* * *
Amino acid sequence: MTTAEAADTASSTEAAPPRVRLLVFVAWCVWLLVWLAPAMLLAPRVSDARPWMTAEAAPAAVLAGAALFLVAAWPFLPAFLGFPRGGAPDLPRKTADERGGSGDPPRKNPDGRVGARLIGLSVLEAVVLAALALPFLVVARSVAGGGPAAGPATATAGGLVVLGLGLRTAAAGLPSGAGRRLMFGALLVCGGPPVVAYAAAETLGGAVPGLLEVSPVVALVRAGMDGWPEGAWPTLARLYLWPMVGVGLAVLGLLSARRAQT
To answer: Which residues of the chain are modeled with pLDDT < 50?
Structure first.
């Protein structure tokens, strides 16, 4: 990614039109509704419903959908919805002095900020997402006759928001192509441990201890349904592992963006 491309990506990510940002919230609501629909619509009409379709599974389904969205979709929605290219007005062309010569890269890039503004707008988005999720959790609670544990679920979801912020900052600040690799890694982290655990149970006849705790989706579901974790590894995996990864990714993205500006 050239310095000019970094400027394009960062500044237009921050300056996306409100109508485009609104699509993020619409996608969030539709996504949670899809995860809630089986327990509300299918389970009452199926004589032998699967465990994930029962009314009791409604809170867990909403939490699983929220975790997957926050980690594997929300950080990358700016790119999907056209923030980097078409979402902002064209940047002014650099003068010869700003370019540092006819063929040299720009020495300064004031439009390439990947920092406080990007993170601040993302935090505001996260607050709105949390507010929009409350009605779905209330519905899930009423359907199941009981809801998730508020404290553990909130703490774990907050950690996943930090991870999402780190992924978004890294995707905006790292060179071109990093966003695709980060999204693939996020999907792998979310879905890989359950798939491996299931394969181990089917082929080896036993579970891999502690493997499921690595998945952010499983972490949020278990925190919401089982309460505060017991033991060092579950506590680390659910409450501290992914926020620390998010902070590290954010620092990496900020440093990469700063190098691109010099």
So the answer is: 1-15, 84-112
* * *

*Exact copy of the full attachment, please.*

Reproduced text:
Amino acid sequence: MTTAEAADTASSTEAAPPRVRLLVFVAWCVWLLVWLAPAMLLAPRVSDARPWMTAEAAPAAVLAGAALFLVAAWPFLPAFLGFPRGGAPDLPRKTADERGGSGDPPRKNPDGRVGARLIGLSVLEAVVLAALALPFLVVARSVAGGGPAAGPATATAGGLVVLGLGLRTAAAGLPSGAGRRLMFGALLVCGGPPVVAYAAAETLGGAVPGLLEVSPVVALVRAGMDGWPEGAWPTLARLYLWPMVGVGLAVLGLLSARRAQT
To answer: Which residues of the chain are modeled with pLDDT < 50?
Structure first.
């Protein structure tokens, strides 16, 4: 990614039109509704419903959908919805002095900020997402006759928001192509441990201890349904592992963006 491309990506990510940002919230609501629909619509009409379709599974389904969205979709929605290219007005062309010569890269890039503004707008988005999720959790609670544990679920979801912020900052600040690799890694982290655990149970006849705790989706579901974790590894995996990864990714993205500006 050239310095000019970094400027394009960062500044237009921050300056996306409100109508485009609104699509993020619409996608969030539709996504949670899809995860809630089986327990509300299918389970009452199926004589032998699967465990994930029962009314009791409604809170867990909403939490699983929220975790997957926050980690594997929300950080990358700016790119999907056209923030980097078409979402902002064209940047002014650099003068010869700003370019540092006819063929040299720009020495300064004031439009390439990947920092406080990007993170601040993302935090505001996260607050709105949390507010929009409350009605779905209330519905899930009423359907199941009981809801998730508020404290553990909130703490774990907050950690996943930090991870999402780190992924978004890294995707905006790292060179071109990093966003695709980060999204693939996020999907792998979310879905890989359950798939491996299931394969181990089917082929080896036993579970891999502690493997499921690595998945952010499983972490949020278990925190919401089982309460505060017991033991060092579950506590680390659910409450501290992914926020620390998010902070590290954010620092990496900020440093990469700063190098691109010099």
So the answer is: 1-15, 84-112